Singing up a storm as 50 people compete

Singing up a storm as 50 people compete

Sharida Rejon

Martin Chang, Editor in Chief

By Martin Chang

Editor in Chief


From confidence building and making friends to expressing yourself, the contestants at Prime Cut restaurant’s annual karaoke competition all get something different from their performances.

Over the month of March, 50 aspiring singers competed in the yearly karaoke competition at The Prime Cut restaurant. It all lead up to the finals on March 22, where contestants competed for bragging rights and prizes. In the competition, there is a winner and a runner-up and each singer is judged by a panel of five judges.

Jennifer Villagran, a 24-year-old hairdresser at Valley Plaza, won the runner up prize. For her, karaoke is a way to build confidence and get back to a lifelong passion.

Villagran has been a musician her whole life. She started singing at age 2 and had her first piano lesson at age 5. As she grew up, she became more serious by competing around town, singing in gigs and in local theaters. But at age 17 she faced a major set back.

“At 17 I lost my voice,” Villagran said. “I had an inflamed vocal chord. I was doing musical theater. I was really involved, but then it just came to a halt.  It was really hard going from belting Whitney Houston and Mariah Carey songs to not being able to whisper a song.”

After about five years, her voice began to recover and was encouraged by friends to compete in karaoke and sing again.  At first she was nervous to come back to singing.

“I was really shy at first and super shaky because I wasn’t sure what my voice was going to do,” Villagran said. “If I was going to have a good night or a bad night, if I was going to crack, or if I wasn’t going to crack. Being in front of people again, it was hard.”

Yet after getting through those initial nerves, Villagran found confidence on the karaoke stage.

“[On stage I was] opening up and exercising more,” she said. “It gave me a little bit more confidence back I think.”

Villagran really enjoys the laid-back nature of karaoke.

“I’m a karaoke junkie,” she said. “The thing I like about karaoke is that it’s just for fun. Everybody is here to just have a good time. It’s a good stress relief, everyone sings in the car, in the shower. It’s how you express yourself. Being able to do it in front of a group of people and no one really caring if you suck or if you’re great. I love it.”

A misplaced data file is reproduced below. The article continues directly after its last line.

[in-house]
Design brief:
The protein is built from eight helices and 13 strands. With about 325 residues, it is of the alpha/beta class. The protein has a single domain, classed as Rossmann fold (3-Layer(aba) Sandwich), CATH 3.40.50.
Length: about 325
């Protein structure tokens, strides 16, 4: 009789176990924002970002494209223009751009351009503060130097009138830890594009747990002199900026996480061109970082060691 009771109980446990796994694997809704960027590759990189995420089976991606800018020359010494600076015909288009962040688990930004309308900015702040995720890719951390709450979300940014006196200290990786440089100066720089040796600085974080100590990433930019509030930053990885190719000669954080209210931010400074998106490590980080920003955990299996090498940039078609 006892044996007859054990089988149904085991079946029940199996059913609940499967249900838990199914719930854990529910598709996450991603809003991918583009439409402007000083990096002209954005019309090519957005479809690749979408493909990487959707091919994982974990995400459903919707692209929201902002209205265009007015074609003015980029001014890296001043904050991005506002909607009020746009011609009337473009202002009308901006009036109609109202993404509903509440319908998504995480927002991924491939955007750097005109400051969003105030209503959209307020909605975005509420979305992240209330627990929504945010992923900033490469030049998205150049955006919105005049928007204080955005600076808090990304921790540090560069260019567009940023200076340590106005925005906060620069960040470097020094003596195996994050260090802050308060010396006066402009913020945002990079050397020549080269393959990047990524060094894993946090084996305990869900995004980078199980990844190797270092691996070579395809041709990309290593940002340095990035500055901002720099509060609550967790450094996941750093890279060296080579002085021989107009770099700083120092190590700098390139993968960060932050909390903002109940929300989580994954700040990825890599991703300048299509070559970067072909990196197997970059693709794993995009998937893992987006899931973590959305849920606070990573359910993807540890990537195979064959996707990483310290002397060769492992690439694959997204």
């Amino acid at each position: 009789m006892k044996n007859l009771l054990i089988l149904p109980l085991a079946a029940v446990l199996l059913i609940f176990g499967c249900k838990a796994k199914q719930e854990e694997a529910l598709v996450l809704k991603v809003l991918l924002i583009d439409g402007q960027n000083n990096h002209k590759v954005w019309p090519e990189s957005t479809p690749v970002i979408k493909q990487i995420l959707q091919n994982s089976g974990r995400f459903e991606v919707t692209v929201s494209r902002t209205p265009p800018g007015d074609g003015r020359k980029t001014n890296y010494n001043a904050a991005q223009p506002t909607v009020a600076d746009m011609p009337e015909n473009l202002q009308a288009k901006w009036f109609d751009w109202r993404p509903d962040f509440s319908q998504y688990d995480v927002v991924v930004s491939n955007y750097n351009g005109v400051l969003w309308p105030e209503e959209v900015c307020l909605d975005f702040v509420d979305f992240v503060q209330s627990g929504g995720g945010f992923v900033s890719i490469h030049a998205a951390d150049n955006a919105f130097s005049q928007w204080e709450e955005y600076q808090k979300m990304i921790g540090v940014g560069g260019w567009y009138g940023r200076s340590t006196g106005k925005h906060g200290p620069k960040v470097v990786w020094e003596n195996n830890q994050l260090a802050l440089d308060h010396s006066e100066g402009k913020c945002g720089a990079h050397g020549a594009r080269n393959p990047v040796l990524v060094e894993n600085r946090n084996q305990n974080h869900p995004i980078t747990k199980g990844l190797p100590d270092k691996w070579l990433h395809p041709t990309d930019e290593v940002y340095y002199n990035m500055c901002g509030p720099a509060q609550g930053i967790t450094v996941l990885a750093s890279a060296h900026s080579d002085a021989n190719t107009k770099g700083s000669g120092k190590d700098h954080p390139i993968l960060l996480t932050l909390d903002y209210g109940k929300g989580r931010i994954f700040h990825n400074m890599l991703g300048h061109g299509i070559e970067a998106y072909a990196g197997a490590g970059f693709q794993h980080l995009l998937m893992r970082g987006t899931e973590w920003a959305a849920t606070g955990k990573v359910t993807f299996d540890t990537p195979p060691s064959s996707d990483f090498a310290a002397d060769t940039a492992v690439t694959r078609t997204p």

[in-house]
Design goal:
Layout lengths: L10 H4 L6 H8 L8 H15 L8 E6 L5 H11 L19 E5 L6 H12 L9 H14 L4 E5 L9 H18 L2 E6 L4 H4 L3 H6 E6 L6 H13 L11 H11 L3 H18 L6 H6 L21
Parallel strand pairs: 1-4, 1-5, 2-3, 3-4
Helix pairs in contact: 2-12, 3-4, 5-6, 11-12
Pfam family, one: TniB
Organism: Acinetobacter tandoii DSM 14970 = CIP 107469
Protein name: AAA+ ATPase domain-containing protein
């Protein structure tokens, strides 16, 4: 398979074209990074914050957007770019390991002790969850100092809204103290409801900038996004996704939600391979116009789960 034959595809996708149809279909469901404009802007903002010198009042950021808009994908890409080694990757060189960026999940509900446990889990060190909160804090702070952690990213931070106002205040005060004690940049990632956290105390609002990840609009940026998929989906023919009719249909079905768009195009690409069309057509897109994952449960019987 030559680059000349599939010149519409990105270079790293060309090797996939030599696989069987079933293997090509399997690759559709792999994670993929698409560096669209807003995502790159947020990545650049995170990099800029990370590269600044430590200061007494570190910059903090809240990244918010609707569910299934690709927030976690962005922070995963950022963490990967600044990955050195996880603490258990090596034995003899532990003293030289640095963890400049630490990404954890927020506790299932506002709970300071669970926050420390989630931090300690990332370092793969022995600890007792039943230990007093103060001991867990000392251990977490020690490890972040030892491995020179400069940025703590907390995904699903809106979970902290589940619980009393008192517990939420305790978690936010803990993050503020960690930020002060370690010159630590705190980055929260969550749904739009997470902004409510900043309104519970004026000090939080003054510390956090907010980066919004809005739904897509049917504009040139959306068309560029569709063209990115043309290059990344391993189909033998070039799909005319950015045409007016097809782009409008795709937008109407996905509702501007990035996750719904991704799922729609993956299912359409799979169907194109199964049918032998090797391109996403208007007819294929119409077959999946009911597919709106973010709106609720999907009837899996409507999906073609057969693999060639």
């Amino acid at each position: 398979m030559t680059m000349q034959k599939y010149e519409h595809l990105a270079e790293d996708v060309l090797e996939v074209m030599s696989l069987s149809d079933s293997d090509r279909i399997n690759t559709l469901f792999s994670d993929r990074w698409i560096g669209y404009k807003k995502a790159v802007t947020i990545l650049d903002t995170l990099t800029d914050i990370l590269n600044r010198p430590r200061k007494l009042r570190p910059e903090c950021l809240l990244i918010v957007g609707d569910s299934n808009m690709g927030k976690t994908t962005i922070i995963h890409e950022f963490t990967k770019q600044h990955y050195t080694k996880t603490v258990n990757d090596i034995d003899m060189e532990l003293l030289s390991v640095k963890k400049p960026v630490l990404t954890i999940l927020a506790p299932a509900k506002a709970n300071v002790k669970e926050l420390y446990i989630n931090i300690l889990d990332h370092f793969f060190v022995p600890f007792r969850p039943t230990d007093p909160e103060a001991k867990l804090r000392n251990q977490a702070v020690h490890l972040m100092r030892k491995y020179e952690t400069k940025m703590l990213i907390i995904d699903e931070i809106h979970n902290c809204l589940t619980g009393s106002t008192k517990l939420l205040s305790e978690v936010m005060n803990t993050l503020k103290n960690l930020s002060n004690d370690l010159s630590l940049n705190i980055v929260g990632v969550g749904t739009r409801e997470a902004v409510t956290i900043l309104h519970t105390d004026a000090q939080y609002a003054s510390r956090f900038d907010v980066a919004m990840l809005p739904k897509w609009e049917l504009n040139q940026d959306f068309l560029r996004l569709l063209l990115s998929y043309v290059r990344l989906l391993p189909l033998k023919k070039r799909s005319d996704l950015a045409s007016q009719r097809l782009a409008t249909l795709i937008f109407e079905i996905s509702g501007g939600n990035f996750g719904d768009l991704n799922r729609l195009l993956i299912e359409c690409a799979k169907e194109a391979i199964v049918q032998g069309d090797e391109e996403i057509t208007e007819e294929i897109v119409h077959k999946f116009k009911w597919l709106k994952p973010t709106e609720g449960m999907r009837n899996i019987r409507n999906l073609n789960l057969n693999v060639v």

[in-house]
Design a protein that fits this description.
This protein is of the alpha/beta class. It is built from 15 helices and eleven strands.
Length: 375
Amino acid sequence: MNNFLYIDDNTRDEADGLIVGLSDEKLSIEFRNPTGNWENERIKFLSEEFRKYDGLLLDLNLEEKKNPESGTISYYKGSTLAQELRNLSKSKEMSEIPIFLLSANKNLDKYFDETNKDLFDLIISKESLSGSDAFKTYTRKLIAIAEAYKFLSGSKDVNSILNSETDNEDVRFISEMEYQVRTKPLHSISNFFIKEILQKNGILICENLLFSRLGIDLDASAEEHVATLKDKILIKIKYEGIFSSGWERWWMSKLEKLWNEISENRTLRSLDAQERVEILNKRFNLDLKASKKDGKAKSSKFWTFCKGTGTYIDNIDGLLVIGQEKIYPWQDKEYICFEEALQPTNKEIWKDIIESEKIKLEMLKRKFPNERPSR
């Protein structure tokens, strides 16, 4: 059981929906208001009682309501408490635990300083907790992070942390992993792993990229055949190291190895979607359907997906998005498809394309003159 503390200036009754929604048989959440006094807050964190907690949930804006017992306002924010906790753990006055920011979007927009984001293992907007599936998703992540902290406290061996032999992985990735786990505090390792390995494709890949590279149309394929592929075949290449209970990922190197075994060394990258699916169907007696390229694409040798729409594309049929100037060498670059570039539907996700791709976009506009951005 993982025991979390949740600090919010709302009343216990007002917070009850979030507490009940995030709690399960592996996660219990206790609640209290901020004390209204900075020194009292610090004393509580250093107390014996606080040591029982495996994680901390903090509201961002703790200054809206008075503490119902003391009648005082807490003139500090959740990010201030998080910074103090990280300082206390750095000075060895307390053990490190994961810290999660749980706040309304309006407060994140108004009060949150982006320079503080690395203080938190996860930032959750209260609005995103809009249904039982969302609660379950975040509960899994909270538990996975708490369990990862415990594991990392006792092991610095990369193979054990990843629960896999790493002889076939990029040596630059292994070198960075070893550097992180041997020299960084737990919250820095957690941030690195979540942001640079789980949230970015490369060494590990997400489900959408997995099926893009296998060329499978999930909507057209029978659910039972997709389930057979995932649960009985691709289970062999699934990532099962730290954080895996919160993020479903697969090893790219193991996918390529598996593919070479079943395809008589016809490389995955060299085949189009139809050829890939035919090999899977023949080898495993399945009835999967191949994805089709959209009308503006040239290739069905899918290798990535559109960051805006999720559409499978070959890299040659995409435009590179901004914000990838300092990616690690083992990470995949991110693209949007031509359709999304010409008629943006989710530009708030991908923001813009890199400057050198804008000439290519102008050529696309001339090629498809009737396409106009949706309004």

Villagran was surprised to win runner-up since she had forgotten about the competition and had to rush over to the restaurant.

“My friends and I were going to come for fun but they were going somewhere else because they had finals,” she said.

That’s when she realized she had to get over there quick.

“So I got here and picked a song really fast because I had no clue it was tonight,” she said. “I was surprised to win. I thought I was going to lose flat on my face.”

Maria Garcia, a preschool teacher, first got into karaoke as a way of bonding with her sister, Marina.

“Me and my sister started out just hanging out doing karaoke,” Garcia said. “We used to sneak off and do it. Nobody really knew. I thought ‘let’s pretend we have a class this semester,’

so she would leave her household and I would leave mine. We really didn’t have classes. We would just karaoke together, that was how we got our sister time.”

Often times their bonding became competitive.

“We were doing a Carrie Underwood competition for tickets, and I beat her,” she said. “I didn’t care about the tickets; I was just doing it because I wanted to beat my sister. Afterwards she said ‘wow you cheated,’ then I said ‘no sweetie I beat you.’ I even gave the tickets away to my aunt.”

Garcia tries to sing karaoke every week. She often sees the same people at competitions and enjoys the friendship and camaraderie with the other singers.

“We know each other, because we are probably at every karaoke place in town,” Garcia said. “Everyone has their song that they sing and sometimes we do duets together. I think it’s cool. It’s always fun to socialize. It’s a little karaoke world we have. I thought Jen did incredible and I’m not easily impressed.”

Garcia got sick before the finals, so she had lost her voice. She still had fun and made the most of the night singing Bruno Mars’s “Locked Out of Heaven.”

“I was not confident at all, but it was fun and people showed up,” she said. “I love that Bruno Mars song. When I first heard the song, I listened to it for a day on repeat. I planned on just having fun singing it.”

Willfredo Cruz, a CSUB graduate that works in insurance, won first place that night with his version of “Killing me Softly.” He explained why he picked that song.

“It has a lot of emotion in it,” Cruz said. “It’s a really popular song and everybody can relate to it.”

Cruz puts that emotion into the words that he sings.

“When I sing, I let it all out,” he said. “It’s emotion pent up. You just want to get yourself out there. People come up after you sing and say ‘I feel that. I relate to that. It gave me goose bumps.’”